This alliance of small farms you’re participating with, Abundant Harvest Organics, was conceived in no small part as a response to farmer’s concerns regarding vertically integrated competitors and consumer’s similar concerns regarding the accessibility of responsibly produced food. I know, too many $50 words in there, so let me get clearer.
Ten years ago, when we started this AHO deal, small organic farmers were worried about getting squeezed out by the same industrialized version of organic that true organic consumers were fearful of buying from.
So, here’s a question for you: Should economics be the only driver of our food supply? Should the cheapest way to produce even an organic product be the only way that organic products are produced? If the answer is no, things like biodiversity, polyculture, animal welfare, small farm independence, and local prosperity should be rewarded; then how are you going to set that up?
Several of you sent me Michael Pollan’s NY Times piece about Wal-Mart getting into Organic with a goal of delivering Organic food at 10% over conventional, and wondering what I thought about that.
The classic definition of economics is: “the study of the use of scarce resources which have alternative uses.” In this example, the scarce resources a farmer might deploy are land, water, labor. The scarce resource for the consumer is the food budget. The latter is in control in a free market. The unspoken most scarce resource for both is time. I can see your mental gears turning out there.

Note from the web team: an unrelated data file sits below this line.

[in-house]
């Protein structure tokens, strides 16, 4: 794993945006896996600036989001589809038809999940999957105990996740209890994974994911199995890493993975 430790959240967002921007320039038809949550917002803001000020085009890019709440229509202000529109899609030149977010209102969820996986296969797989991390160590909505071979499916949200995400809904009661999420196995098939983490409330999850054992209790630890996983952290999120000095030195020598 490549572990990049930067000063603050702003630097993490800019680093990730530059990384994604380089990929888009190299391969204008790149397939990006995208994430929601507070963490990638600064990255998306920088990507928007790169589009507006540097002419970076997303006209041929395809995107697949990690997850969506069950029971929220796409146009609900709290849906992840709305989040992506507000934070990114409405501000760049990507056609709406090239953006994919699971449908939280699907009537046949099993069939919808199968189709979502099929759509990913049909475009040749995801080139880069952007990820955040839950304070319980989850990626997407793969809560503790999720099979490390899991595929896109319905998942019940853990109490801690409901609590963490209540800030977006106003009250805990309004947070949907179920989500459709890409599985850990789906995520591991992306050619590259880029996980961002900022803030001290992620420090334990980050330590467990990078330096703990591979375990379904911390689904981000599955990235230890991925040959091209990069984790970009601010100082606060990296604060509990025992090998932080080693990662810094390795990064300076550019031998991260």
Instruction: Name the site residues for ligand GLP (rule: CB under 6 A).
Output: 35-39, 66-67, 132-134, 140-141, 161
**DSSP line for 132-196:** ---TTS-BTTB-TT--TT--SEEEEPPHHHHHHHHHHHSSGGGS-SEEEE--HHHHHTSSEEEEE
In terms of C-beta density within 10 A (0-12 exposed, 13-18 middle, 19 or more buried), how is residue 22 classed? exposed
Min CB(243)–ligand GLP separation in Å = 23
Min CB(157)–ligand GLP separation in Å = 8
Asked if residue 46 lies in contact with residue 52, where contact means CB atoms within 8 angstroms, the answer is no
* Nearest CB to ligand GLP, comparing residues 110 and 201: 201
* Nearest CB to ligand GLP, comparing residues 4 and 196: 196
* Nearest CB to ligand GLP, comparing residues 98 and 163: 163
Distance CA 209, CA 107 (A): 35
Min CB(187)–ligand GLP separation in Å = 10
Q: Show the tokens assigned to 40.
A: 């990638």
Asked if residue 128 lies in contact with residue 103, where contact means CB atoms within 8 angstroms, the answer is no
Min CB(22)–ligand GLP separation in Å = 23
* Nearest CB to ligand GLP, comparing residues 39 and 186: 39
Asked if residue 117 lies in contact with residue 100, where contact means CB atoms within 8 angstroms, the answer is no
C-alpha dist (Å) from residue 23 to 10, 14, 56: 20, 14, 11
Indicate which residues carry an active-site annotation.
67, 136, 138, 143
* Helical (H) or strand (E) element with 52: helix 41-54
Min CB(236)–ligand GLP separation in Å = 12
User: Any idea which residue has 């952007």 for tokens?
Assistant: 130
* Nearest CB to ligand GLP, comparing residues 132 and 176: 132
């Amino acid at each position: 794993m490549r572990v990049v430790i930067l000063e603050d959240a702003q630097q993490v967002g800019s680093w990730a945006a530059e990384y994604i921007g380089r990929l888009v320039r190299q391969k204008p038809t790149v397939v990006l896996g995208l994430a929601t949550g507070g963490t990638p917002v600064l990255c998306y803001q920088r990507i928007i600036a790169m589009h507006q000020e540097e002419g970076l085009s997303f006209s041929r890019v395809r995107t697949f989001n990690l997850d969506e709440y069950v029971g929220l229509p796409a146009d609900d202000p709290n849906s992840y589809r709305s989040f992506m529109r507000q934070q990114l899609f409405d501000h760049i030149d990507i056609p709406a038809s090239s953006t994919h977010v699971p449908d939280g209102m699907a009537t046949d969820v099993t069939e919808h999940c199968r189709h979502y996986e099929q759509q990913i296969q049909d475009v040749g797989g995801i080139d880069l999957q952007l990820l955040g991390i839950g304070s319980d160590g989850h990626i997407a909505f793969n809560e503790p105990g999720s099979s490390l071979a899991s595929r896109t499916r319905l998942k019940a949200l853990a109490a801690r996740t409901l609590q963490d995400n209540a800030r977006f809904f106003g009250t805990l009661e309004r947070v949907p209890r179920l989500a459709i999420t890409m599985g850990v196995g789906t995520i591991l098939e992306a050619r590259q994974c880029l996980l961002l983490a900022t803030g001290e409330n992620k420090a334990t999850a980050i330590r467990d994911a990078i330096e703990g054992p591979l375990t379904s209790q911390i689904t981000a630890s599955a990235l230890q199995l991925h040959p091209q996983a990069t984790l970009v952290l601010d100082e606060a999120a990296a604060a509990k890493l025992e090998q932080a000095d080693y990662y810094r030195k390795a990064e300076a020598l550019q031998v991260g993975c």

This isn’t an easy subject, and there aren’t simple black and white quick answers. This is my wheelhouse and I won’t pretend to have all the answers, and even if I did, they wouldn’t be valid in 10 years.
Here’s what I know that Wal-Mart doesn’t…yet. While economics is important to the organic consumer, they’re subordinate to wholeistic (yeah, I just invented that word, but it makes more sense with the w in front) life choices of which economics are just one component and Mr. Pollan of all people should know that. Organic consumers WILL NOT stand for a dilution of the organic definition. Actually, the organic definition is tightened in several areas every year despite pressure to relax.
The second thing they don’t know yet is that organic done well is pretty difficult to produce consistently; it’s much more management intensive at all levels. I have yet to see a production company or a retailer do well with organic who viewed it as just another SKU. Quite the contrary, I watch them come and go every year. Organic takes a heart / head combination to succeed.
But there are peripheral things that farmers, retailers, and consumers are doing to make organic more economically viable. Small farmers are working together to package and present their produce. Retailers are putting normal mark-ups on organic food and consumers are rewarding these efforts with a higher percentage of their food budget.
Costco had a policy of offering organic at 15% over conventional 10 years ago and failed. Not until a heart conversion led to a head conversion did they get organic in their stores.
Finally, CA organic consumers are extremely well educated. They expect quality organic food from their neighbors at reasonable prices. The future is bright for all of us, no worries.